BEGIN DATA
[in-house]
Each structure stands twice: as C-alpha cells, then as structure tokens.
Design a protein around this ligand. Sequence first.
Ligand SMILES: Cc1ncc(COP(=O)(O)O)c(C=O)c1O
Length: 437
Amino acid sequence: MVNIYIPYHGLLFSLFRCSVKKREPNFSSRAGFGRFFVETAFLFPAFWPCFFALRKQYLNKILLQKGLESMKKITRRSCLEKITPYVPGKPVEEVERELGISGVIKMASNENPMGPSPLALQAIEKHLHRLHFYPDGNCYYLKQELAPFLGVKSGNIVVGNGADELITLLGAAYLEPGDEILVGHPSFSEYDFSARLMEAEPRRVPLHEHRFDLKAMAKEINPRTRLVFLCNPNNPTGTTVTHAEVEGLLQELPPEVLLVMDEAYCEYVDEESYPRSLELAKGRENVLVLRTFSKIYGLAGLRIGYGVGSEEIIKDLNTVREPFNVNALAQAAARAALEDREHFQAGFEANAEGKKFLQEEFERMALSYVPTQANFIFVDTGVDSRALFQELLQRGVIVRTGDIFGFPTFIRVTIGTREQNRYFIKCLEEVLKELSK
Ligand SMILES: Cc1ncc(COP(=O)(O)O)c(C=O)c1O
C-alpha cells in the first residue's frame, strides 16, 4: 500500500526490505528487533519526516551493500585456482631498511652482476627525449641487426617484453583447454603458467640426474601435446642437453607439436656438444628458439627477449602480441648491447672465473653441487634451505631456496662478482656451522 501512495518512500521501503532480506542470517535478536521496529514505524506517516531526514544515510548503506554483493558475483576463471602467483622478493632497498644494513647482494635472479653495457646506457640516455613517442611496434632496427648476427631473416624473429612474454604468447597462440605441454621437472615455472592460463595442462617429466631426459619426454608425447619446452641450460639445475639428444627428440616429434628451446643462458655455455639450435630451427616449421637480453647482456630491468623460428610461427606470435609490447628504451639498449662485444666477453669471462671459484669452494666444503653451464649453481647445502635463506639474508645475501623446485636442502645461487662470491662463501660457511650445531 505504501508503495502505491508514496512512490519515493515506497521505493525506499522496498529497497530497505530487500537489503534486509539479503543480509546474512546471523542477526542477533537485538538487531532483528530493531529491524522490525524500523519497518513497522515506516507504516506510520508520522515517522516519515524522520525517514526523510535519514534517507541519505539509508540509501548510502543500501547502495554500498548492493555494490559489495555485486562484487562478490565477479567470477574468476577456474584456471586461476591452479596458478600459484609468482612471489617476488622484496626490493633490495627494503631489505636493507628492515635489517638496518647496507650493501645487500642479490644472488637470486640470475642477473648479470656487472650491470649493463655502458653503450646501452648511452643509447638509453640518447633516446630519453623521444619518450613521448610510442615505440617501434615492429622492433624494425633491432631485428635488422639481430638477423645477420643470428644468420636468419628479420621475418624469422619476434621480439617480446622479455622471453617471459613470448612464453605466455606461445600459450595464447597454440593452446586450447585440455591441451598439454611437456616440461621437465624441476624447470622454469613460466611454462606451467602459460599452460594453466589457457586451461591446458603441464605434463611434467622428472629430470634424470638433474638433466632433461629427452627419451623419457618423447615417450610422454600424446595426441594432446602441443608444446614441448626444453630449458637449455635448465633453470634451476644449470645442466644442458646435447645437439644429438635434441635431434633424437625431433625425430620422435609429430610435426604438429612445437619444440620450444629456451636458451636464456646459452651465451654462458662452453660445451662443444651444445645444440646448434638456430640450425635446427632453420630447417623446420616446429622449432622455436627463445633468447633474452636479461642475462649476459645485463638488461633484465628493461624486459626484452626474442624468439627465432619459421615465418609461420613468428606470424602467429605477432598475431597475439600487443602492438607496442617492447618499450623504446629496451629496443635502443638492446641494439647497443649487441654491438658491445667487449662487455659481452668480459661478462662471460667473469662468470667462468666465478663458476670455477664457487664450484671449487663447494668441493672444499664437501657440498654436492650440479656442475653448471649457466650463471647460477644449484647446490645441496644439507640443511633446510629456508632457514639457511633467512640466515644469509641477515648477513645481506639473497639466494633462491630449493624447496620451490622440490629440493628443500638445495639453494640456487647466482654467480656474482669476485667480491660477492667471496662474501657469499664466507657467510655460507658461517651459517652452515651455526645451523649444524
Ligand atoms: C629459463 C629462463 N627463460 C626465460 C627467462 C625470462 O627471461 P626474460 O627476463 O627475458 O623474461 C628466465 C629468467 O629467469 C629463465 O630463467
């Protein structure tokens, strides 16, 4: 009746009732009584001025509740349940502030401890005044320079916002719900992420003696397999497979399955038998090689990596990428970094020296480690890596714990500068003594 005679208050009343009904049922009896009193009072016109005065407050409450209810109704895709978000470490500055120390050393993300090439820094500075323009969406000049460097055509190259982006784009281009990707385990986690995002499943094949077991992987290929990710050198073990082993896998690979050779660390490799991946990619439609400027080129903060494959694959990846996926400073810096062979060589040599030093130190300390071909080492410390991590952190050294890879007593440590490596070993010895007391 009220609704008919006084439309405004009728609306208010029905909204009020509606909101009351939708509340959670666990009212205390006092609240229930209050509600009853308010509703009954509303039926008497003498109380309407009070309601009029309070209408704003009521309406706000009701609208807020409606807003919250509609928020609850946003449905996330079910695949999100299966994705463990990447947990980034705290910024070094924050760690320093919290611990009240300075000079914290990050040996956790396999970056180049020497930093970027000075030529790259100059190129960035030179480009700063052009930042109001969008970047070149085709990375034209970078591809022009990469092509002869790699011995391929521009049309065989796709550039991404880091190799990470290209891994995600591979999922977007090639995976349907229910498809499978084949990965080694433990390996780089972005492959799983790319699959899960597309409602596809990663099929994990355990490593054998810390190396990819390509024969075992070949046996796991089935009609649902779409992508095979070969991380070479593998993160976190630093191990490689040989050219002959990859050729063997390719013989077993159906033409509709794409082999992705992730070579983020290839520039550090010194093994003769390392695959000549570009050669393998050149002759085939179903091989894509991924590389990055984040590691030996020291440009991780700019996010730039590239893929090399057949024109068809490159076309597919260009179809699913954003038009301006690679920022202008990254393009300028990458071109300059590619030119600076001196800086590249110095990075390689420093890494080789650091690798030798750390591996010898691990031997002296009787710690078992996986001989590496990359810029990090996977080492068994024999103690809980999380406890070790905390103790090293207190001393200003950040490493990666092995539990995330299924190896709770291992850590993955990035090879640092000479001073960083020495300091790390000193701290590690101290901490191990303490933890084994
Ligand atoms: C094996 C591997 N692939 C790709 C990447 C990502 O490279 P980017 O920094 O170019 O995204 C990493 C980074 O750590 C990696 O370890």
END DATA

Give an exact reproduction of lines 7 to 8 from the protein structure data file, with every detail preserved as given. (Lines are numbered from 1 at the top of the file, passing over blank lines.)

Ligand SMILES: Cc1ncc(COP(=O)(O)O)c(C=O)c1O
C-alpha cells in the first residue's frame, strides 16, 4: 500500500526490505528487533519526516551493500585456482631498511652482476627525449641487426617484453583447454603458467640426474601435446642437453607439436656438444628458439627477449602480441648491447672465473653441487634451505631456496662478482656451522 501512495518512500521501503532480506542470517535478536521496529514505524506517516531526514544515510548503506554483493558475483576463471602467483622478493632497498644494513647482494635472479653495457646506457640516455613517442611496434632496427648476427631473416624473429612474454604468447597462440605441454621437472615455472592460463595442462617429466631426459619426454608425447619446452641450460639445475639428444627428440616429434628451446643462458655455455639450435630451427616449421637480453647482456630491468623460428610461427606470435609490447628504451639498449662485444666477453669471462671459484669452494666444503653451464649453481647445502635463506639474508645475501623446485636442502645461487662470491662463501660457511650445531 505504501508503495502505491508514496512512490519515493515506497521505493525506499522496498529497497530497505530487500537489503534486509539479503543480509546474512546471523542477526542477533537485538538487531532483528530493531529491524522490525524500523519497518513497522515506516507504516506510520508520522515517522516519515524522520525517514526523510535519514534517507541519505539509508540509501548510502543500501547502495554500498548492493555494490559489495555485486562484487562478490565477479567470477574468476577456474584456471586461476591452479596458478600459484609468482612471489617476488622484496626490493633490495627494503631489505636493507628492515635489517638496518647496507650493501645487500642479490644472488637470486640470475642477473648479470656487472650491470649493463655502458653503450646501452648511452643509447638509453640518447633516446630519453623521444619518450613521448610510442615505440617501434615492429622492433624494425633491432631485428635488422639481430638477423645477420643470428644468420636468419628479420621475418624469422619476434621480439617480446622479455622471453617471459613470448612464453605466455606461445600459450595464447597454440593452446586450447585440455591441451598439454611437456616440461621437465624441476624447470622454469613460466611454462606451467602459460599452460594453466589457457586451461591446458603441464605434463611434467622428472629430470634424470638433474638433466632433461629427452627419451623419457618423447615417450610422454600424446595426441594432446602441443608444446614441448626444453630449458637449455635448465633453470634451476644449470645442466644442458646435447645437439644429438635434441635431434633424437625431433625425430620422435609429430610435426604438429612445437619444440620450444629456451636458451636464456646459452651465451654462458662452453660445451662443444651444445645444440646448434638456430640450425635446427632453420630447417623446420616446429622449432622455436627463445633468447633474452636479461642475462649476459645485463638488461633484465628493461624486459626484452626474442624468439627465432619459421615465418609461420613468428606470424602467429605477432598475431597475439600487443602492438607496442617492447618499450623504446629496451629496443635502443638492446641494439647497443649487441654491438658491445667487449662487455659481452668480459661478462662471460667473469662468470667462468666465478663458476670455477664457487664450484671449487663447494668441493672444499664437501657440498654436492650440479656442475653448471649457466650463471647460477644449484647446490645441496644439507640443511633446510629456508632457514639457511633467512640466515644469509641477515648477513645481506639473497639466494633462491630449493624447496620451490622440490629440493628443500638445495639453494640456487647466482654467480656474482669476485667480491660477492667471496662474501657469499664466507657467510655460507658461517651459517652452515651455526645451523649444524